Blog by Steve Laug
The next pipe on the work table we purchased in 2018 from a fellow Scottsdale, Arizona, USA. It is a mixed grain in a Danish looking shape. The bowl has a rich reddish brown colour combination that highlights grain. The pipe was dirty but appeared to be in decent condition under the grime. There was grime and oils ground into the surface of the briar. This pipe is stamped on the sides of the shank. On the left it reads Golden [over] Parker. To the left of that is the shape number near the bowl that reads 141. On the right it Made in London [over] England. There is a tarnished Sterling Silver band on the shank that appears to be a repair band. The fancy saddle stem has no distinguishing marks or logos. There was a thick cake in the bowl and a heavy overflow of lava on the crowned rim top. It is hard to know the condition of the top or edges underneath the lava. We would know more once it was cleaned up. The stem was oxidized, calcified and had tooth marks and chatter on the stem surface. It was definitely someone’s favourite pipe judging by the condition it arrived at Jeff’s house. He took photos of the pipe before he started his cleanup. He took a photo of the rim top to show condition of the bowl. It is hard to tell for sure but the inner edge of the bowl looks good the lava coat. The top and outer edge also look okay. It is a very dirty pipe. He also captured the condition of the stem. It is oxidized, calcified and has tooth marks and chatter on the top and underside of the stem near the button. He took photos of the sides and heel of the bowl to show the beautiful grain around the bowl and the condition of the pipe. There was a spot on the lower left side of the bowl where the pipe appeared to have been dropped and there was some “road rash”. He took a photo of the stamping on the sides of the shank. It is clear and readable as noted above. The repair band was well done and did not cover the stamping on the left side and went right along side of the M on Made in in England on the right side. The tarnish silver repair band is stamped Sterling. I turned first to Pipephil’s site to look at the Parker write up there and see if I could learn anything about the line (http://www.pipephil.eu/logos/en/logo-parker.html). There was a Parker Golden pipe listed and the stamping matched the one that I am working on but there was no further information on line.I looked up the Parker brand on Pipedia to see if I could find the Parker Golden (https://pipedia.org/wiki/Parker). There was nothing that tied directly to the line I am working on. There is a decent history of the brand there that is a good read.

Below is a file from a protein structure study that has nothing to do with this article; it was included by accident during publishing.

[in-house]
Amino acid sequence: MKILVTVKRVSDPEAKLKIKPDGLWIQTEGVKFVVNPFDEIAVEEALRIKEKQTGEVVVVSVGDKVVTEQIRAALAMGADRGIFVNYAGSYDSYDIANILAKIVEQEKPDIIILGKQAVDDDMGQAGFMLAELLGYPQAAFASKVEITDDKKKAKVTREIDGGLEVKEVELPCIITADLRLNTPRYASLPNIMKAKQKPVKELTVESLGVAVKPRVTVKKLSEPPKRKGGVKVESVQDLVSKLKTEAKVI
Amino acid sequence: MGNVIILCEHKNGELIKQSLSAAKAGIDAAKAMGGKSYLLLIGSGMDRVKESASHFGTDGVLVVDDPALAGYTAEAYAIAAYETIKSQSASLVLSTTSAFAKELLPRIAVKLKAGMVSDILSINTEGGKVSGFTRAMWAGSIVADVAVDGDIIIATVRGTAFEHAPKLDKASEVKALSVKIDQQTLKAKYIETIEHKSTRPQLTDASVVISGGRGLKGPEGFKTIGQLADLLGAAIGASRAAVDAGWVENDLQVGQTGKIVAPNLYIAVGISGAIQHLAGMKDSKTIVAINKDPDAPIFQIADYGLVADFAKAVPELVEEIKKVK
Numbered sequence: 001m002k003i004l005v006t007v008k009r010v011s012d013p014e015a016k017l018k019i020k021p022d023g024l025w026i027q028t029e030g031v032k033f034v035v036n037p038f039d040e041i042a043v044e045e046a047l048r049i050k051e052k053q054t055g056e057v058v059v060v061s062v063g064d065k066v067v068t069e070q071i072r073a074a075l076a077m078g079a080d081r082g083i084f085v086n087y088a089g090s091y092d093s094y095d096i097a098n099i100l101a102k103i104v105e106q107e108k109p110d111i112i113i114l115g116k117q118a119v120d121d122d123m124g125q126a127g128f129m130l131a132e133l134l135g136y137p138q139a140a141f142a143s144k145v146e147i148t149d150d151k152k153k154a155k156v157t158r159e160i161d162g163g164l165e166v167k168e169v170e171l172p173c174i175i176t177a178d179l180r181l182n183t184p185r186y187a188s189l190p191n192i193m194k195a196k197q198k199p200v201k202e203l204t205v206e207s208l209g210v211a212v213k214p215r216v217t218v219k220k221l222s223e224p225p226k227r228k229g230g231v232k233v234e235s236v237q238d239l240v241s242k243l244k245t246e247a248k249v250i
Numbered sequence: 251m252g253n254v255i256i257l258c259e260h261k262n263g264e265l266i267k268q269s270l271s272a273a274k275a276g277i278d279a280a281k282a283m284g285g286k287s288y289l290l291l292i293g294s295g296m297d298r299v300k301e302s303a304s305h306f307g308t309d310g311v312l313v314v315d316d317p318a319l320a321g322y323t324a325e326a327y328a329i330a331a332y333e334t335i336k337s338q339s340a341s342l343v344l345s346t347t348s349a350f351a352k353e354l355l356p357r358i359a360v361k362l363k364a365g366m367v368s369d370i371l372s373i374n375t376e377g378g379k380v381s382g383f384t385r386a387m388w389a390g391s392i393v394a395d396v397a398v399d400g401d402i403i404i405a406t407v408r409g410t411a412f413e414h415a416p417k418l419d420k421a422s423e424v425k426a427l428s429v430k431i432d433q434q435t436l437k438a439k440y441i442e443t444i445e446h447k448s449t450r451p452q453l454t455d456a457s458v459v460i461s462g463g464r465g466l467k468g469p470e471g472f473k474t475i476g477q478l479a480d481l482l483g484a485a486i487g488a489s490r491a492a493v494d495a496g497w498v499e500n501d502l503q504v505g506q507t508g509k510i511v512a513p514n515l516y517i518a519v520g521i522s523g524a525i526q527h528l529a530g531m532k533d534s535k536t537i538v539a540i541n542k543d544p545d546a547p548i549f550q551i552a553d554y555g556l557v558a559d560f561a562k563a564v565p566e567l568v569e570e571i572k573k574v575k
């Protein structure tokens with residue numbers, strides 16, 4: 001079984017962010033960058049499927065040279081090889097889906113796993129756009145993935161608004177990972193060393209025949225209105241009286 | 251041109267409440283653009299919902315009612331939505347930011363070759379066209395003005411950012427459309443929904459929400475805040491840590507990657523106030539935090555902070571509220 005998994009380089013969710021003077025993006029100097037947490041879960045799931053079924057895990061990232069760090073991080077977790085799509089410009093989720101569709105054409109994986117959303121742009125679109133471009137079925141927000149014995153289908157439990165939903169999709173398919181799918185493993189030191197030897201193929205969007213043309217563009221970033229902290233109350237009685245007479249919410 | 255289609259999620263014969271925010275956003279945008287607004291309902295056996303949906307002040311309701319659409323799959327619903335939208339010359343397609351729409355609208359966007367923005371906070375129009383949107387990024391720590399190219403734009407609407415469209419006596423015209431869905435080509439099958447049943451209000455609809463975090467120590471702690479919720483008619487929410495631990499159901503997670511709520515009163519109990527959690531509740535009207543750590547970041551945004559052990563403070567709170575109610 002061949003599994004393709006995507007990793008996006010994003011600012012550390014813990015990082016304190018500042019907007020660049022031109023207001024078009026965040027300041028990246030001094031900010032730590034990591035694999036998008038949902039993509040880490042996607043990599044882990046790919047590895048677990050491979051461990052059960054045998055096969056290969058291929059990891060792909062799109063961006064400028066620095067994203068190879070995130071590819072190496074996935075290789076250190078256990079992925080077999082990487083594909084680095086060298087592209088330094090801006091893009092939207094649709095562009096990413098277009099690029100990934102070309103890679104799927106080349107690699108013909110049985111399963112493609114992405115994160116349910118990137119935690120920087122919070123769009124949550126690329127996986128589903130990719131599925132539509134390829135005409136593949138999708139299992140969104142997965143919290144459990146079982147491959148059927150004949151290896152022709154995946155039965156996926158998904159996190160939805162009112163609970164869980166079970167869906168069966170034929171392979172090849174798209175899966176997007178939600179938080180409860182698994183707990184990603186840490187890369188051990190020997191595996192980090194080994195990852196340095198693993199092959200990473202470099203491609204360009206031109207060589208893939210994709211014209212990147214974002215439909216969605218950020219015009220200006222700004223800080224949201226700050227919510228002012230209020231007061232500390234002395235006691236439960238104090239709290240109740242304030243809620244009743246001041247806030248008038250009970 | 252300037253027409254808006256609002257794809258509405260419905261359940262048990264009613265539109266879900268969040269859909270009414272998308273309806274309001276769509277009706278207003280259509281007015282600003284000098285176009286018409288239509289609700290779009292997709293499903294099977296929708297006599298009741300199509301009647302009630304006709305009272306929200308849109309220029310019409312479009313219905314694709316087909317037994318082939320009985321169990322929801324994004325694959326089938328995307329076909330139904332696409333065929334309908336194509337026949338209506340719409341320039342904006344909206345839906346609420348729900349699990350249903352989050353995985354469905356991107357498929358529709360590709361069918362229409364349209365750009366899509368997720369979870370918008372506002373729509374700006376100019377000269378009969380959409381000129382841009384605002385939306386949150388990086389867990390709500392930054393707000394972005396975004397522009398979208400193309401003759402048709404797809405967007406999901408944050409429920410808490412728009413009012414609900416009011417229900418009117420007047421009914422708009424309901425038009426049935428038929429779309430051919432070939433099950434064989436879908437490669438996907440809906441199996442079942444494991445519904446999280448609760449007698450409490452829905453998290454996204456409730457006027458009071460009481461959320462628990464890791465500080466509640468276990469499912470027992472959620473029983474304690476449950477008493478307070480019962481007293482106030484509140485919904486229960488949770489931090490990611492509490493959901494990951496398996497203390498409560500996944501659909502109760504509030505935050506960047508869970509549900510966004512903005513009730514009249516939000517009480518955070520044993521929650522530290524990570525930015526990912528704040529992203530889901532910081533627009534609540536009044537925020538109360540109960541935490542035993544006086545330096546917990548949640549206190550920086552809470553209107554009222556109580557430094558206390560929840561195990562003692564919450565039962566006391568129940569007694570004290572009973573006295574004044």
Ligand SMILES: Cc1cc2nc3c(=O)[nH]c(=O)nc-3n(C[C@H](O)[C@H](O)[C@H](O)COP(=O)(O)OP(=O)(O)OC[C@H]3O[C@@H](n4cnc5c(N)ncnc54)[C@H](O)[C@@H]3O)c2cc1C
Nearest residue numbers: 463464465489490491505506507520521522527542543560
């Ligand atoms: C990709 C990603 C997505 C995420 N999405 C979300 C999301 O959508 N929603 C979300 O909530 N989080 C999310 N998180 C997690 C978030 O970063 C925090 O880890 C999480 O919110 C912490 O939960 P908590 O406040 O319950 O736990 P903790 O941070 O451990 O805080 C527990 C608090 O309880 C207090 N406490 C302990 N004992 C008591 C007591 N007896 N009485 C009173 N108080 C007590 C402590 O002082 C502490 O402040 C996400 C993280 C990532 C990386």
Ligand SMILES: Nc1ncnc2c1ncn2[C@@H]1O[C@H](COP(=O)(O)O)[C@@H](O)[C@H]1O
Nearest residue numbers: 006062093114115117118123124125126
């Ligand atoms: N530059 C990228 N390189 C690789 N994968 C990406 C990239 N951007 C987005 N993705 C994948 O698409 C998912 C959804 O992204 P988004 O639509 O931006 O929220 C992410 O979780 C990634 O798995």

It was time to work on the pipe. As usual Jeff had done a thorough cleanup on the pipe. He reamed the bowl with a PipNet pipe reamer and followed up with a Savinelli Fitsall pipe knife to remove the cake. He scrubbed out the mortise and the airway in the shank and the stem with alcohol, cotton swabs and pipe cleaners. He scrubbed the exterior of the bowl, rim, shank and stem with a tooth brush and Murphy’s Oil Soap to remove the oils and tars on the rim and the grime on the finish of the bowl. He rinsed it under running water. One of the benefits of this scrub is that it also tends to lift some of the scratches and nicks in the surface of the briar. He dried it off with a soft cloth. He cleaned the internals and externals of the stem with alcohol, pipe cleaners and cotton swabs. He soaked the stem in Before & After Deoxidizer and rinsed it off with warm water and cleaned out the airway in the stem with alcohol. Other than the damaged rim top the pipe looked good. I took a photo of the rim top and stem to show the condition. The rim top and edges looked very good. The vulcanite stem had tooth chatter and marks on both sides ahead of the button and on the button edges. The stamping on the sides of the shank is clear and readable as noted above. I removed the stem from the shank and took a photo of the pipe to give a sense of the whole. It is a nice Bent Acorn that should clean up very well. I started my work on the pipe by cleaning up the rim top and edges. I used a folded piece of 220 grit sandpaper to remove the damaged areas and scratches in the bowl. It looked much better than when I started. I filled in the damaged areas on the left side of the owl with clear super glue. Once the glue cured and hardened I sanded them smooth with a folded piece of 220 grit sandpaper. Once finished they were smooth. I polished the briar with micromesh sanding pads – wet sanding with 1500-12000 grit pads. I wiped the bowl down between pads with a damp cloth. I rubbed the bowl and shank down with Before & After Restoration Balm. I worked it into the surface of the bowl sides and shank with my fingertips to clean, enliven and protect the briar. I let the balm sit for a little while and then buffed with a cotton cloth to raise the shine. The Balm did its magic and the grain stood out. I set the bowl aside and turned my attention to the stem. I “painted” the surface of the stem with the flame of a lighter to lift the tooth marks and chatter. I was able to life many of them. I filled in the remaining marks with clear super glue. Once the repairs cured I sanded them smooth with 220 grit sandpaper to blend them into the surface. I started polishing them with 400 grit wet dry sandpaper. I polished the vulcanite stem with micromesh sanding pads – 1500-12000 grit pads. I wiped it down with Obsidian Oil after each sanding pad. I used Before & After Pipe Polish – both Fine and Extra Fine to further the stem. The photo below shows the polished stem. This nicely grained Golden Parker 141 Danish Looking Bent Acorn with a Sterling Silver repair band and a fancy vulcanite saddle stem is a great looking pipe now that it has been restored. The briar around the bowl is clean and really came alive. The rich brown stains gave the grain a sense of depth with the polishing and waxing. The grain really popped. I put the vulcanite stem back on the bowl and carefully buffed the pipe with Blue Diamond on the buffing wheel using a light touch on the briar. I gave the bowl and the stem multiple coats of carnauba wax on the buffing wheel. I buffed the pipe with a clean buffing pad to raise the shine. I hand buffed the pipe with a microfiber cloth to deepen the shine. The finished Golden Parker Bent Acorn is a beauty and feels great in the hand and looks very good. Give the finished pipe a look in the photos below. The dimensions of the pipe are Length: 6 inches, Height: 2 inches, Outside diameter of the bowl: 1 ¼ inch, Chamber diameter: ¾ of an inch. The weight of the pipe is 40grams/1.41oz. This will be going on the rebornpipes store under the British Pipemakers section soon. Thanks for reading this blog and my reflections on the pipe while I worked on it. There are many more to come!